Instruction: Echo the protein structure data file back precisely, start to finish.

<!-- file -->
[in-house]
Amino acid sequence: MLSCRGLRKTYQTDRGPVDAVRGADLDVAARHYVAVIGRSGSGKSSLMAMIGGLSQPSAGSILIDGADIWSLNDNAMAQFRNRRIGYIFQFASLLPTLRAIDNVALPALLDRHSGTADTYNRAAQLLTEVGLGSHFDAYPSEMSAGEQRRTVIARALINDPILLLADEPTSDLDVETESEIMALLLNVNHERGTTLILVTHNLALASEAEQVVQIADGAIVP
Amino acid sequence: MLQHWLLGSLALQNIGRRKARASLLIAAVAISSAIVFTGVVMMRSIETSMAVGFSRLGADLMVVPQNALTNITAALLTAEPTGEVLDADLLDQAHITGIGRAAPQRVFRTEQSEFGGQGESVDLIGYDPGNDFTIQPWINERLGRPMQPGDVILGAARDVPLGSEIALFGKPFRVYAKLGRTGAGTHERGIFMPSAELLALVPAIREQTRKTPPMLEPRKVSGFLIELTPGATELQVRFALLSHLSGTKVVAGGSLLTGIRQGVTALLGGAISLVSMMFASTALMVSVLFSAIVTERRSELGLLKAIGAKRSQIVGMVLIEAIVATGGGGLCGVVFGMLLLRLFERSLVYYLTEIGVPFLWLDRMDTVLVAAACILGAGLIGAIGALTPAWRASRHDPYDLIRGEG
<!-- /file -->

[in-house]
Amino acid sequence: MLSCRGLRKTYQTDRGPVDAVRGADLDVAARHYVAVIGRSGSGKSSLMAMIGGLSQPSAGSILIDGADIWSLNDNAMAQFRNRRIGYIFQFASLLPTLRAIDNVALPALLDRHSGTADTYNRAAQLLTEVGLGSHFDAYPSEMSAGEQRRTVIARALINDPILLLADEPTSDLDVETESEIMALLLNVNHERGTTLILVTHNLALASEAEQVVQIADGAIVP
Amino acid sequence: MLQHWLLGSLALQNIGRRKARASLLIAAVAISSAIVFTGVVMMRSIETSMAVGFSRLGADLMVVPQNALTNITAALLTAEPTGEVLDADLLDQAHITGIGRAAPQRVFRTEQSEFGGQGESVDLIGYDPGNDFTIQPWINERLGRPMQPGDVILGAARDVPLGSEIALFGKPFRVYAKLGRTGAGTHERGIFMPSAELLALVPAIREQTRKTPPMLEPRKVSGFLIELTPGATELQVRFALLSHLSGTKVVAGGSLLTGIRQGVTALLGGAISLVSMMFASTALMVSVLFSAIVTERRSELGLLKAIGAKRSQIVGMVLIEAIVATGGGGLCGVVFGMLLLRLFERSLVYYLTEIGVPFLWLDRMDTVLVAAACILGAGLIGAIGALTPAWRASRHDPYDLIRGEG